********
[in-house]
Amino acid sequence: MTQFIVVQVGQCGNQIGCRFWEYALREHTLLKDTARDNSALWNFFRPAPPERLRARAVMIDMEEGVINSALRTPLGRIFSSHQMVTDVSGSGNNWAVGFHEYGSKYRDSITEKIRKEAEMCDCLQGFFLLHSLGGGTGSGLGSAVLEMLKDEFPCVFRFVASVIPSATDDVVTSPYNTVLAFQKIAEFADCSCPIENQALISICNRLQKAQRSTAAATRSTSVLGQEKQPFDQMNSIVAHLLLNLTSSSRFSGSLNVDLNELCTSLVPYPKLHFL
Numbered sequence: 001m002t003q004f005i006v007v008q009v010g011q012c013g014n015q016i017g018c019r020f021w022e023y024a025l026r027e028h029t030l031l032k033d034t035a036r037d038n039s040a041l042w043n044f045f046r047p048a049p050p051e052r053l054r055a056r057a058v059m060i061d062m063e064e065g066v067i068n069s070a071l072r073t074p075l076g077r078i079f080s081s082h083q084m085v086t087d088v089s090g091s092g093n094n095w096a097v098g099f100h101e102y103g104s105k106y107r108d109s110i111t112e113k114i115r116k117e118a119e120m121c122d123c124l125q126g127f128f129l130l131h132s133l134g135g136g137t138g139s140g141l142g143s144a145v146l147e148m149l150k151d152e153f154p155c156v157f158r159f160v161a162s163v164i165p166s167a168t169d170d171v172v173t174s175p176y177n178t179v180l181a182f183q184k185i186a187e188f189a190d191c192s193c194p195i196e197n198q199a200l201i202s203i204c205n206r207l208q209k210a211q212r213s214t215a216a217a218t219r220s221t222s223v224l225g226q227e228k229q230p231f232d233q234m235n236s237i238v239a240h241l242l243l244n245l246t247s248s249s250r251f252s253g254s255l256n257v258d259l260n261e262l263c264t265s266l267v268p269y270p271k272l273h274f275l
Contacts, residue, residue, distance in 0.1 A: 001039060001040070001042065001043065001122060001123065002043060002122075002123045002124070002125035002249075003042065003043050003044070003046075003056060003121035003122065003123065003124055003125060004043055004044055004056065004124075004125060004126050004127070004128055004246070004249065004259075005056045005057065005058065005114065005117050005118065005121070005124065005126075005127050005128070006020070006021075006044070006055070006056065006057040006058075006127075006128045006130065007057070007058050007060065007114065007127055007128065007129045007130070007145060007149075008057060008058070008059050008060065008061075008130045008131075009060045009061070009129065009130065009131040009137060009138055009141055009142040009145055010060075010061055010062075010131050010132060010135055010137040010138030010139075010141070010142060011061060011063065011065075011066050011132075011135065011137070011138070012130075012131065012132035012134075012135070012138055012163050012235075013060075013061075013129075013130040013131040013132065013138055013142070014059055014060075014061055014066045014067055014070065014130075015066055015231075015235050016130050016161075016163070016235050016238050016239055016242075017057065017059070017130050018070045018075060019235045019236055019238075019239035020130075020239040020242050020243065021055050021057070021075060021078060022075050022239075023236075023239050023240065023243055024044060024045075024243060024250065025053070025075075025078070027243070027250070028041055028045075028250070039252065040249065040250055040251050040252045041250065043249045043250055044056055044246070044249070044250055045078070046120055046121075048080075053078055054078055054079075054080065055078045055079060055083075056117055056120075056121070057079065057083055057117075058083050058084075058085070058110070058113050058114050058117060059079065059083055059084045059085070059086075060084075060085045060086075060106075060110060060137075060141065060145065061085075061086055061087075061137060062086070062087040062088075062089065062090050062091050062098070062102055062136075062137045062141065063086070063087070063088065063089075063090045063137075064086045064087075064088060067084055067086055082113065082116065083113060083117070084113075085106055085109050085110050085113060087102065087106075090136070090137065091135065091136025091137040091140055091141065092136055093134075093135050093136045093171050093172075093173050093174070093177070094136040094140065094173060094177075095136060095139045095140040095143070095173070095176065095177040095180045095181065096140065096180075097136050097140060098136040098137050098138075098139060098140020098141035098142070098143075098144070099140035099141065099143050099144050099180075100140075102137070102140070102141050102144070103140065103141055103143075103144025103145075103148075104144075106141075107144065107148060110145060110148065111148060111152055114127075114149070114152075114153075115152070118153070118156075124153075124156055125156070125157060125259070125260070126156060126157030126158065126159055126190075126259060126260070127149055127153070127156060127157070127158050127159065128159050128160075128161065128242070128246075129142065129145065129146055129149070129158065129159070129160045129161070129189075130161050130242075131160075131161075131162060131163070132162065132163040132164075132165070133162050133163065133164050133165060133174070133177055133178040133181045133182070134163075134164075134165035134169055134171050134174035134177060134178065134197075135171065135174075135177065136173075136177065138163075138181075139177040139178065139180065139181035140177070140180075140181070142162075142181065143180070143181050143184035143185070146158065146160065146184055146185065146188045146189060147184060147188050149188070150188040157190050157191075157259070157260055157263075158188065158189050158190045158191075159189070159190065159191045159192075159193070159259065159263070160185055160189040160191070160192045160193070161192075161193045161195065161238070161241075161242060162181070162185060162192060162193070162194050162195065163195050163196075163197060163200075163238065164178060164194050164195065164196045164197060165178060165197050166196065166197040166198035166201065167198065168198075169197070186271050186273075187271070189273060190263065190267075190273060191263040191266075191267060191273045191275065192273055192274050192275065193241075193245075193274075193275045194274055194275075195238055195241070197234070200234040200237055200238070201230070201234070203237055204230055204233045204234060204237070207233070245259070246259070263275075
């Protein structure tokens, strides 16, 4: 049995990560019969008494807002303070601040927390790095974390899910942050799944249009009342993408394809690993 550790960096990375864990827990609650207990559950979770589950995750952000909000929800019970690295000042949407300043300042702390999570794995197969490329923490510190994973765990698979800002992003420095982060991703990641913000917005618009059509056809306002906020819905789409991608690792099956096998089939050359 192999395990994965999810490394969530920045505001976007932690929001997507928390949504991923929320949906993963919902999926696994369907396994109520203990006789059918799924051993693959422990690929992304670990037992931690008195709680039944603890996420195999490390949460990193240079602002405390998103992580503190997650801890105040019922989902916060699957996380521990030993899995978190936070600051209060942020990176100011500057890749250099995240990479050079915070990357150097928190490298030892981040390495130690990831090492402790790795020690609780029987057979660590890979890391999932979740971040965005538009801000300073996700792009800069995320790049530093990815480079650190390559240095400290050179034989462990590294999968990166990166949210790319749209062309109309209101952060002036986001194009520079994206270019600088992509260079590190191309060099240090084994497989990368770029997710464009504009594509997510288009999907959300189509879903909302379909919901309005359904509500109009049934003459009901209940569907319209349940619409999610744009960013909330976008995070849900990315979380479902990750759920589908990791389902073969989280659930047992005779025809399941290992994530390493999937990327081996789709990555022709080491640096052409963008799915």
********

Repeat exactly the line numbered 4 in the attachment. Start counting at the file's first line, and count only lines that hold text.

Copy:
Contacts, residue, residue, distance in 0.1 A: 001039060001040070001042065001043065001122060001123065002043060002122075002123045002124070002125035002249075003042065003043050003044070003046075003056060003121035003122065003123065003124055003125060004043055004044055004056065004124075004125060004126050004127070004128055004246070004249065004259075005056045005057065005058065005114065005117050005118065005121070005124065005126075005127050005128070006020070006021075006044070006055070006056065006057040006058075006127075006128045006130065007057070007058050007060065007114065007127055007128065007129045007130070007145060007149075008057060008058070008059050008060065008061075008130045008131075009060045009061070009129065009130065009131040009137060009138055009141055009142040009145055010060075010061055010062075010131050010132060010135055010137040010138030010139075010141070010142060011061060011063065011065075011066050011132075011135065011137070011138070012130075012131065012132035012134075012135070012138055012163050012235075013060075013061075013129075013130040013131040013132065013138055013142070014059055014060075014061055014066045014067055014070065014130075015066055015231075015235050016130050016161075016163070016235050016238050016239055016242075017057065017059070017130050018070045018075060019235045019236055019238075019239035020130075020239040020242050020243065021055050021057070021075060021078060022075050022239075023236075023239050023240065023243055024044060024045075024243060024250065025053070025075075025078070027243070027250070028041055028045075028250070039252065040249065040250055040251050040252045041250065043249045043250055044056055044246070044249070044250055045078070046120055046121075048080075053078055054078055054079075054080065055078045055079060055083075056117055056120075056121070057079065057083055057117075058083050058084075058085070058110070058113050058114050058117060059079065059083055059084045059085070059086075060084075060085045060086075060106075060110060060137075060141065060145065061085075061086055061087075061137060062086070062087040062088075062089065062090050062091050062098070062102055062136075062137045062141065063086070063087070063088065063089075063090045063137075064086045064087075064088060067084055067086055082113065082116065083113060083117070084113075085106055085109050085110050085113060087102065087106075090136070090137065091135065091136025091137040091140055091141065092136055093134075093135050093136045093171050093172075093173050093174070093177070094136040094140065094173060094177075095136060095139045095140040095143070095173070095176065095177040095180045095181065096140065096180075097136050097140060098136040098137050098138075098139060098140020098141035098142070098143075098144070099140035099141065099143050099144050099180075100140075102137070102140070102141050102144070103140065103141055103143075103144025103145075103148075104144075106141075107144065107148060110145060110148065111148060111152055114127075114149070114152075114153075115152070118153070118156075124153075124156055125156070125157060125259070125260070126156060126157030126158065126159055126190075126259060126260070127149055127153070127156060127157070127158050127159065128159050128160075128161065128242070128246075129142065129145065129146055129149070129158065129159070129160045129161070129189075130161050130242075131160075131161075131162060131163070132162065132163040132164075132165070133162050133163065133164050133165060133174070133177055133178040133181045133182070134163075134164075134165035134169055134171050134174035134177060134178065134197075135171065135174075135177065136173075136177065138163075138181075139177040139178065139180065139181035140177070140180075140181070142162075142181065143180070143181050143184035143185070146158065146160065146184055146185065146188045146189060147184060147188050149188070150188040157190050157191075157259070157260055157263075158188065158189050158190045158191075159189070159190065159191045159192075159193070159259065159263070160185055160189040160191070160192045160193070161192075161193045161195065161238070161241075161242060162181070162185060162192060162193070162194050162195065163195050163196075163197060163200075163238065164178060164194050164195065164196045164197060165178060165197050166196065166197040166198035166201065167198065168198075169197070186271050186273075187271070189273060190263065190267075190273060191263040191266075191267060191273045191275065192273055192274050192275065193241075193245075193274075193275045194274055194275075195238055195241070197234070200234040200237055200238070201230070201234070203237055204230055204233045204234060204237070207233070245259070246259070263275075